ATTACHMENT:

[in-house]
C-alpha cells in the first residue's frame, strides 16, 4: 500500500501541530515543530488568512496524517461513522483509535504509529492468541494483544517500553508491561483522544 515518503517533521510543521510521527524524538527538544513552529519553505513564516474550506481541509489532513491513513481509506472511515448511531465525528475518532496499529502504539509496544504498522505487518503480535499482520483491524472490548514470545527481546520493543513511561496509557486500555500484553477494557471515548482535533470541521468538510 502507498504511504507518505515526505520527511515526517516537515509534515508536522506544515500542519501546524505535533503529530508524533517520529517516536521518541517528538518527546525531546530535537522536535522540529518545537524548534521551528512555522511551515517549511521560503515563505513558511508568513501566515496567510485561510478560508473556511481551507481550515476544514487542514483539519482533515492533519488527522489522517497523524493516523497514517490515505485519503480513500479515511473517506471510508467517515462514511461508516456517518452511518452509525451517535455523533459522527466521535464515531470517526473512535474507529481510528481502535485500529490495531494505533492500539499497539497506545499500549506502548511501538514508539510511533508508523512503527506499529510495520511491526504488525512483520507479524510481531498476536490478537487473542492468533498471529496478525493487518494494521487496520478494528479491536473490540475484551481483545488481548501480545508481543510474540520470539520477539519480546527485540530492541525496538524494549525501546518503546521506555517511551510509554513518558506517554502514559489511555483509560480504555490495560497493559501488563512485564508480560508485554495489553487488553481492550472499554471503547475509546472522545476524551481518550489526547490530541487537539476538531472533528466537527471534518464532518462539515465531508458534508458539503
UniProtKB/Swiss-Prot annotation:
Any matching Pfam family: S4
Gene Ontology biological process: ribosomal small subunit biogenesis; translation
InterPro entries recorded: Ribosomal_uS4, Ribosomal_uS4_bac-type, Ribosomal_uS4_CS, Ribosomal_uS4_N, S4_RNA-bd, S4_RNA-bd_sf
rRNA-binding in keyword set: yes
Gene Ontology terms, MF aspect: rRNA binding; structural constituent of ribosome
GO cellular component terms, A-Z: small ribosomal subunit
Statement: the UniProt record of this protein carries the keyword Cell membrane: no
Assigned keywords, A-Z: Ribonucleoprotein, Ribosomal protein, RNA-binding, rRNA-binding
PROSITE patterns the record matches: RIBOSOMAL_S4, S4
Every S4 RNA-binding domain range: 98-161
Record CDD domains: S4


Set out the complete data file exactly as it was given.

[in-house]
C-alpha cells in the first residue's frame, strides 16, 4: 500500500501541530515543530488568512496524517461513522483509535504509529492468541494483544517500553508491561483522544 515518503517533521510543521510521527524524538527538544513552529519553505513564516474550506481541509489532513491513513481509506472511515448511531465525528475518532496499529502504539509496544504498522505487518503480535499482520483491524472490548514470545527481546520493543513511561496509557486500555500484553477494557471515548482535533470541521468538510 502507498504511504507518505515526505520527511515526517516537515509534515508536522506544515500542519501546524505535533503529530508524533517520529517516536521518541517528538518527546525531546530535537522536535522540529518545537524548534521551528512555522511551515517549511521560503515563505513558511508568513501566515496567510485561510478560508473556511481551507481550515476544514487542514483539519482533515492533519488527522489522517497523524493516523497514517490515505485519503480513500479515511473517506471510508467517515462514511461508516456517518452511518452509525451517535455523533459522527466521535464515531470517526473512535474507529481510528481502535485500529490495531494505533492500539499497539497506545499500549506502548511501538514508539510511533508508523512503527506499529510495520511491526504488525512483520507479524510481531498476536490478537487473542492468533498471529496478525493487518494494521487496520478494528479491536473490540475484551481483545488481548501480545508481543510474540520470539520477539519480546527485540530492541525496538524494549525501546518503546521506555517511551510509554513518558506517554502514559489511555483509560480504555490495560497493559501488563512485564508480560508485554495489553487488553481492550472499554471503547475509546472522545476524551481518550489526547490530541487537539476538531472533528466537527471534518464532518462539515465531508458534508458539503
UniProtKB/Swiss-Prot annotation:
Any matching Pfam family: S4
Gene Ontology biological process: ribosomal small subunit biogenesis; translation
InterPro entries recorded: Ribosomal_uS4, Ribosomal_uS4_bac-type, Ribosomal_uS4_CS, Ribosomal_uS4_N, S4_RNA-bd, S4_RNA-bd_sf
rRNA-binding in keyword set: yes
Gene Ontology terms, MF aspect: rRNA binding; structural constituent of ribosome
GO cellular component terms, A-Z: small ribosomal subunit
Statement: the UniProt record of this protein carries the keyword Cell membrane: no
Assigned keywords, A-Z: Ribonucleoprotein, Ribosomal protein, RNA-binding, rRNA-binding
PROSITE patterns the record matches: RIBOSOMAL_S4, S4
Every S4 RNA-binding domain range: 98-161
Record CDD domains: S4